Advanced technologies help early breast cancer detection

It can be a challenge to detect breast cancer very early if it is developing in especially dense breast tissue, but advanced screening options in use at a D.C. hospital can help.

“One thing we can offer is 3D ultrasound,” said Dr. Christine Teal, director of the Comprehensive Breast Cancer Program at The George Washington University Cancer Center and chief of breast surgery at The George Washington University Hospital. “It doesn’t take long, with experienced radiologists they are easy to read and there’s no radiation exposure.”

The 3D ultrasound had previously been in use for other medical specialties but GW pioneered the research for its use specifically in women who have dense breast tissue.

Radiologists are now required to give patients information about their breast density that is rated on a scale of one to four. Three and four are considered very dense.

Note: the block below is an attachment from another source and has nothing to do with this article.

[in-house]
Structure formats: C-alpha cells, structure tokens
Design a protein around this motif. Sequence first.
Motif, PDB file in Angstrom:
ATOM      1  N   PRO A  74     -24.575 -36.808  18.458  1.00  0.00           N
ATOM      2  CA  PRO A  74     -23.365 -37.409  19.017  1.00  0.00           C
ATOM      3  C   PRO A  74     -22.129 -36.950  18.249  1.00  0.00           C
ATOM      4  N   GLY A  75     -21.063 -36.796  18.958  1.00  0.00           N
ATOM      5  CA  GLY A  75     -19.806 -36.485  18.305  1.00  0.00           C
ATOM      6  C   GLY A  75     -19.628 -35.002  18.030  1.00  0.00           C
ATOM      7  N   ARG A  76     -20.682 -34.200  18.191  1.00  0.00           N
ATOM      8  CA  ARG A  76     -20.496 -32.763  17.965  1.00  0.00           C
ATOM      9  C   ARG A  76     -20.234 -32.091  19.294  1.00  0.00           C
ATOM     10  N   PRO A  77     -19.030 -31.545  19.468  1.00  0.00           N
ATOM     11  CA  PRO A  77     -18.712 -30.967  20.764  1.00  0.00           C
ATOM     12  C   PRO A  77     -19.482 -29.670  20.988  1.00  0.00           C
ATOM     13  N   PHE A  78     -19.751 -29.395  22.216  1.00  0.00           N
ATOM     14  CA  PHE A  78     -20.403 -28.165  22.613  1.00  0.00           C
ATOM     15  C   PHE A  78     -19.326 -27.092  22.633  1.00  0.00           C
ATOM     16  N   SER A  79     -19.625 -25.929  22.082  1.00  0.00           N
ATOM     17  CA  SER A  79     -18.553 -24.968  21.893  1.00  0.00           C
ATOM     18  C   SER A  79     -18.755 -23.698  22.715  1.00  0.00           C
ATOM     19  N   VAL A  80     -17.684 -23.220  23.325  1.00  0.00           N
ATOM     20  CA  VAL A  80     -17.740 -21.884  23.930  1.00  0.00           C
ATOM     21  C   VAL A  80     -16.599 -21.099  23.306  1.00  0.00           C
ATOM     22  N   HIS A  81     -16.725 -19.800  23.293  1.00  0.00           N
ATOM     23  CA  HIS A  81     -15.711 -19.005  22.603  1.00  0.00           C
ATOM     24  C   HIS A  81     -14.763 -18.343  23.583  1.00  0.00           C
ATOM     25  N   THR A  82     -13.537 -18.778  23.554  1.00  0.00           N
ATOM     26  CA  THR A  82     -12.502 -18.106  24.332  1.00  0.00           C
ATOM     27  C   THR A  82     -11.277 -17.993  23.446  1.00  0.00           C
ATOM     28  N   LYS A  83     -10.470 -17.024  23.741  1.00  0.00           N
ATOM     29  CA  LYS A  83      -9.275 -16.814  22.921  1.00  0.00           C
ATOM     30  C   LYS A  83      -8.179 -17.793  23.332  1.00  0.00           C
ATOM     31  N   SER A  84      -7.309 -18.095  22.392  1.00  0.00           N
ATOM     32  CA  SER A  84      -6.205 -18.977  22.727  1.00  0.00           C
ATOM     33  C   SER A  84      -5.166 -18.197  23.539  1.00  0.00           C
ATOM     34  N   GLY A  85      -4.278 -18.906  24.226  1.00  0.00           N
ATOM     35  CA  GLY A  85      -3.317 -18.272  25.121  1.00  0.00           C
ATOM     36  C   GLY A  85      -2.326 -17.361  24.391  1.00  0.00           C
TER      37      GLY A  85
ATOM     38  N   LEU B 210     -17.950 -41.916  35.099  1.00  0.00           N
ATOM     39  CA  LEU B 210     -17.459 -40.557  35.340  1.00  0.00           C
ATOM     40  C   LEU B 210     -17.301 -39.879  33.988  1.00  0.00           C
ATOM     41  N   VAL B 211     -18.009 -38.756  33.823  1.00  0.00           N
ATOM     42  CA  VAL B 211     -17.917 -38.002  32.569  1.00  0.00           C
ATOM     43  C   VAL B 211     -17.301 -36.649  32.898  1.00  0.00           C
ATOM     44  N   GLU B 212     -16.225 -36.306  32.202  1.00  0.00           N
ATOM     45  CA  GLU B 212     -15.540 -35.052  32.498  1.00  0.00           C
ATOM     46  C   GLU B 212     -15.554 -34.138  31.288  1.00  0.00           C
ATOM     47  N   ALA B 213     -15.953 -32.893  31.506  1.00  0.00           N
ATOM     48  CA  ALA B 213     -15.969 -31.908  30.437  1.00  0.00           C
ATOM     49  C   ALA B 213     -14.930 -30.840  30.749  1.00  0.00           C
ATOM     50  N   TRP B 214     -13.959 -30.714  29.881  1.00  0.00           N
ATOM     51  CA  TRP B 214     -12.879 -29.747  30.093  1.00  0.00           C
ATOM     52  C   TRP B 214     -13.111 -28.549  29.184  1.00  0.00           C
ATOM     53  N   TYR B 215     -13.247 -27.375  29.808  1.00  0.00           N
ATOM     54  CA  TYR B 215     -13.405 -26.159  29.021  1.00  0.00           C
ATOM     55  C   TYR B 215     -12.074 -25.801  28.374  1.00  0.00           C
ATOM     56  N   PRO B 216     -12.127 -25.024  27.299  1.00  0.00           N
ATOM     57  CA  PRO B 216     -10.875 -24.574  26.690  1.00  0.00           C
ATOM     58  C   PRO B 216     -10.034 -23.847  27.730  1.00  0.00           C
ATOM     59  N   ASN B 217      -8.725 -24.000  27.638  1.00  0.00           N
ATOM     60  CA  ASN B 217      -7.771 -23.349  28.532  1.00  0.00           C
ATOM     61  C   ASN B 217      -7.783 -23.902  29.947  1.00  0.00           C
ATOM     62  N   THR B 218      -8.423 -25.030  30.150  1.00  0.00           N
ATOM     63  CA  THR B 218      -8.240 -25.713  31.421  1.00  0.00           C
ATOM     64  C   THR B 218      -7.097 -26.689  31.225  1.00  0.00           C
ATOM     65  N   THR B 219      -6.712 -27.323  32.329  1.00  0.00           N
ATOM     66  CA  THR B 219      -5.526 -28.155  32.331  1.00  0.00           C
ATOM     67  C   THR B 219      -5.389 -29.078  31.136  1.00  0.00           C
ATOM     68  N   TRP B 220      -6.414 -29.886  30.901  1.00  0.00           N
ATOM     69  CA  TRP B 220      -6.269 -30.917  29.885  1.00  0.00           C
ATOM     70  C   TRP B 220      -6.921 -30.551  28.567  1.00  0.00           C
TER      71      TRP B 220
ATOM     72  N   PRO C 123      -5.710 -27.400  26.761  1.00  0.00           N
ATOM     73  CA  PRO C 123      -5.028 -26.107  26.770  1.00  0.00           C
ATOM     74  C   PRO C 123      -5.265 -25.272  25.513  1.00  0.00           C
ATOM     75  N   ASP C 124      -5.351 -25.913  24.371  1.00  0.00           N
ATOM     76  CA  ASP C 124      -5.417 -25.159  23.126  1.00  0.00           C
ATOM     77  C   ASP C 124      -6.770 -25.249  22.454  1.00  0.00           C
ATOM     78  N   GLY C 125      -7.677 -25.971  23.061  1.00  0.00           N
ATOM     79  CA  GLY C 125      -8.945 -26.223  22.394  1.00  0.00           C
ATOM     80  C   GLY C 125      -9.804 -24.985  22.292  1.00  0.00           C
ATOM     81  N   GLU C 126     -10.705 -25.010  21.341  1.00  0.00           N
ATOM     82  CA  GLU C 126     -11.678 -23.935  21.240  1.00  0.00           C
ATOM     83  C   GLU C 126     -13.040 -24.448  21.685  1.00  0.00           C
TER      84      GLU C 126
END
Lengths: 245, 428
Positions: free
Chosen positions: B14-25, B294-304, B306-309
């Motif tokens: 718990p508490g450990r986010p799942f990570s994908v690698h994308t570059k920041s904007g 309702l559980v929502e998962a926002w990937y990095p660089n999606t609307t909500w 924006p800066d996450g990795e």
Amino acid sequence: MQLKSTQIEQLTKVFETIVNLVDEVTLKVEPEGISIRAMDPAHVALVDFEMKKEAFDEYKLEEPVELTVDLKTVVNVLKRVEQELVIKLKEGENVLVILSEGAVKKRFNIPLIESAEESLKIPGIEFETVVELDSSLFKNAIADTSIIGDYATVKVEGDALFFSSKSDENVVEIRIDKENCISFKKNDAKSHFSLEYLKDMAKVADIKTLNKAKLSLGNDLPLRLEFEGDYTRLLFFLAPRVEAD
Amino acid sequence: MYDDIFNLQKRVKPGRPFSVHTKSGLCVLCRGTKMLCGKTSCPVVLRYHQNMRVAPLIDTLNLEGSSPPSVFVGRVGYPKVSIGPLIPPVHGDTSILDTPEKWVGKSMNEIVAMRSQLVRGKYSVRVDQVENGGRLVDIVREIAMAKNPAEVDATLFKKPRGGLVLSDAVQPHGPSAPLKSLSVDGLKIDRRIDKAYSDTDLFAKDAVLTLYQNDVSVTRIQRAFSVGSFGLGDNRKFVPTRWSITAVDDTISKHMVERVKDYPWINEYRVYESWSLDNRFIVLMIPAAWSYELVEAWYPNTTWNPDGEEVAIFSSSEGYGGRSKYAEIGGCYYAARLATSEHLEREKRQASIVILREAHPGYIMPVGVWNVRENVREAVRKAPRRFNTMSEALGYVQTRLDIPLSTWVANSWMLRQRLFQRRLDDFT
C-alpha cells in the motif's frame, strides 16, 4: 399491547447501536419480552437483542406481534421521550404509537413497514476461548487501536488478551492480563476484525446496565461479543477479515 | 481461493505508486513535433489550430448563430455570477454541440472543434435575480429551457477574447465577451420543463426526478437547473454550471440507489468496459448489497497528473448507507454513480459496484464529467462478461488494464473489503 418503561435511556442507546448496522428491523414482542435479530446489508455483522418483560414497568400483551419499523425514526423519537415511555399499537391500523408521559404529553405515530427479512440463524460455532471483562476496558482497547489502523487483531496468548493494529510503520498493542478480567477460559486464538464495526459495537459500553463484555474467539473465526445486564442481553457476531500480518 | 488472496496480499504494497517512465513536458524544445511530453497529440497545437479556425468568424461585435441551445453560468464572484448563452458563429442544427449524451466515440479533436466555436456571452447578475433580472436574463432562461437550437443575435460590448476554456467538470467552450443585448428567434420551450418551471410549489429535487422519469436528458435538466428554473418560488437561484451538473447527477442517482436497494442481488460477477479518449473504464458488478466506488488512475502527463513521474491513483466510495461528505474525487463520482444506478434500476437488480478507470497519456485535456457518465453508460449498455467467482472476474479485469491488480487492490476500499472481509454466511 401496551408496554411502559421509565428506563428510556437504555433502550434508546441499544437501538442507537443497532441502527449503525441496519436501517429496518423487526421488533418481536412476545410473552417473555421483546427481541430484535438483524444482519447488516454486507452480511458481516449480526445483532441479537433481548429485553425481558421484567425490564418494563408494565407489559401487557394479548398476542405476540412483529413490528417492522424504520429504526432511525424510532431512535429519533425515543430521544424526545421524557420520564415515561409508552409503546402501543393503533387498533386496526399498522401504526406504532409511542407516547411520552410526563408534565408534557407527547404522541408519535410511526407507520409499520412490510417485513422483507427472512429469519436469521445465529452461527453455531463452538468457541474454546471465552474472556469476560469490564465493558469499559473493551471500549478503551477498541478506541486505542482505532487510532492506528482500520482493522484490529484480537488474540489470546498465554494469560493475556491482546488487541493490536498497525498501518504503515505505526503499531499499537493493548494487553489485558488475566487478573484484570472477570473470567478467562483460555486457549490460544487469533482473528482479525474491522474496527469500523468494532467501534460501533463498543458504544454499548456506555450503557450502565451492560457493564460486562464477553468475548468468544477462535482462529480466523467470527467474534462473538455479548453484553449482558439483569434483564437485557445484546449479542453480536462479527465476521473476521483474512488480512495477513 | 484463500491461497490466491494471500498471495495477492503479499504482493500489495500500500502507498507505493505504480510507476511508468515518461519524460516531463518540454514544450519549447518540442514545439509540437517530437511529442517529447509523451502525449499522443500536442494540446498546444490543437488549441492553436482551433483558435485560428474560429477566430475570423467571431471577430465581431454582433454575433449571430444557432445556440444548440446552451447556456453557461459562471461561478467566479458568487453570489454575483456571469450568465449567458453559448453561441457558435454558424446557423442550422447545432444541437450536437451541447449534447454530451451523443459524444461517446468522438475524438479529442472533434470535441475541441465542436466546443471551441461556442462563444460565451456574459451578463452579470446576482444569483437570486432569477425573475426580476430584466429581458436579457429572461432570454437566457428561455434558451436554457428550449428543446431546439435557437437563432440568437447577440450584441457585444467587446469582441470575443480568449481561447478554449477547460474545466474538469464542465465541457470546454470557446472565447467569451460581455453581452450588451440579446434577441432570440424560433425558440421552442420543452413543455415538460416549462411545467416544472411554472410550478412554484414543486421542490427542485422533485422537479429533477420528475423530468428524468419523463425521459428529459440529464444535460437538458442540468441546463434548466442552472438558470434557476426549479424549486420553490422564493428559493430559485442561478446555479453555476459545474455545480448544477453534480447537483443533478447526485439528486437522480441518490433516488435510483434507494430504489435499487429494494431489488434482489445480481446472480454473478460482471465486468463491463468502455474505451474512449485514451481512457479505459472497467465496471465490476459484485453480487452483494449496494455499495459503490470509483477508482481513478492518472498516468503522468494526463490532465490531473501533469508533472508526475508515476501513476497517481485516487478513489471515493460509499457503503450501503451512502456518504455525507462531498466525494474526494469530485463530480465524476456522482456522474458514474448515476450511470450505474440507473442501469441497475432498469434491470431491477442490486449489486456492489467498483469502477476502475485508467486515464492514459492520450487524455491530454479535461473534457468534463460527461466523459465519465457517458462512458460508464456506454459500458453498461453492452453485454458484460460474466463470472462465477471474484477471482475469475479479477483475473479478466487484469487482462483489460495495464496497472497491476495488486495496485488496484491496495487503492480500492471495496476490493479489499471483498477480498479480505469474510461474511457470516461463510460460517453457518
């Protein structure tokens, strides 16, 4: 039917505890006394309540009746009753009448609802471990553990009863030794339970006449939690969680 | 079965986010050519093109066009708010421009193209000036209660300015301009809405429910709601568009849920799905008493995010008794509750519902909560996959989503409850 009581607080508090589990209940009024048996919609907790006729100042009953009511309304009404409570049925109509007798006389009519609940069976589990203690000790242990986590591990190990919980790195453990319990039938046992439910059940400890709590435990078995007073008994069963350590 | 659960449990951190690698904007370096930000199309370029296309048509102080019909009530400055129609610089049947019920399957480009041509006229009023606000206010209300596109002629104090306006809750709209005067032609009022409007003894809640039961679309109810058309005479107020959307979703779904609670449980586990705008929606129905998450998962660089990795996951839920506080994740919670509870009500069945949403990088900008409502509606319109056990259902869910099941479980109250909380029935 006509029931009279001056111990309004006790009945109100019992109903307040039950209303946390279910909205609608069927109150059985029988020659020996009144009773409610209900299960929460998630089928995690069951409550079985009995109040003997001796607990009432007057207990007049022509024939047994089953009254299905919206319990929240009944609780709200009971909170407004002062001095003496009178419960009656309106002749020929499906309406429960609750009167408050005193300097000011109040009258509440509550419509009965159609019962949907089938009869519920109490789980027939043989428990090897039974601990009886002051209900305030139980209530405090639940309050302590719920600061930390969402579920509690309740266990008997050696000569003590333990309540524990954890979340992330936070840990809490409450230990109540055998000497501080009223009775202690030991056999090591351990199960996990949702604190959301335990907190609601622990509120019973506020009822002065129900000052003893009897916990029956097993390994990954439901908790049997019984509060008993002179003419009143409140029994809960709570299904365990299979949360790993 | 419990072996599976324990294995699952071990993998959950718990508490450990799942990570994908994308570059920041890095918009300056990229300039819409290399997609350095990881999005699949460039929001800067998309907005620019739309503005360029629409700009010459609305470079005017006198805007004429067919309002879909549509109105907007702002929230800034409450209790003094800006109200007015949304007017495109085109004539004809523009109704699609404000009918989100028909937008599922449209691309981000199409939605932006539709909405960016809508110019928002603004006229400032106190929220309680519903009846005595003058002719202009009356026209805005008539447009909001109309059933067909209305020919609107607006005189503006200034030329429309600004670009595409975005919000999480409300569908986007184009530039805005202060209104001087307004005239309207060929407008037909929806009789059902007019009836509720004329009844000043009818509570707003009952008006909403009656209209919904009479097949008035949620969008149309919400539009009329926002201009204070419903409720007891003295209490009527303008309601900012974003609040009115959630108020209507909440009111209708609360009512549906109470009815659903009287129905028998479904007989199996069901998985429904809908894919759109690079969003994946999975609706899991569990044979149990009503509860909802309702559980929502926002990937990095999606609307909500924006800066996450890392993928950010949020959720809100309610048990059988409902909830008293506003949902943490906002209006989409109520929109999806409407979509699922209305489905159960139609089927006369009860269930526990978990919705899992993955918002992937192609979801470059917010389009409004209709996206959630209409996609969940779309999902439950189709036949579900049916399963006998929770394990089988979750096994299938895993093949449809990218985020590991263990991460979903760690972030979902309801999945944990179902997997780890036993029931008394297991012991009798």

Cancers can be missed on mammography in women with very dense breasts.

Another tool for detecting early cancers in dense breasts is Breast-Specific Gamma Imaging (BSGI), which is only in use locally at GW’s Breast Cancer Program.

BSGI is also helpful when mammograms are hard to interpret because of a previous breast surgery.

It works with a low-dose radioactive compound that is used as a tracer.

“It’s a radioisotope that was previously used for heart scans, and (then) they learned that cancers would show up as hot spots in the breast tissue,” Teal said.

The method is helpful for people who cannot or should not have MRIs, such as people who have extreme claustrophobia, cannot fit in the machine or patients who have kidney disease.

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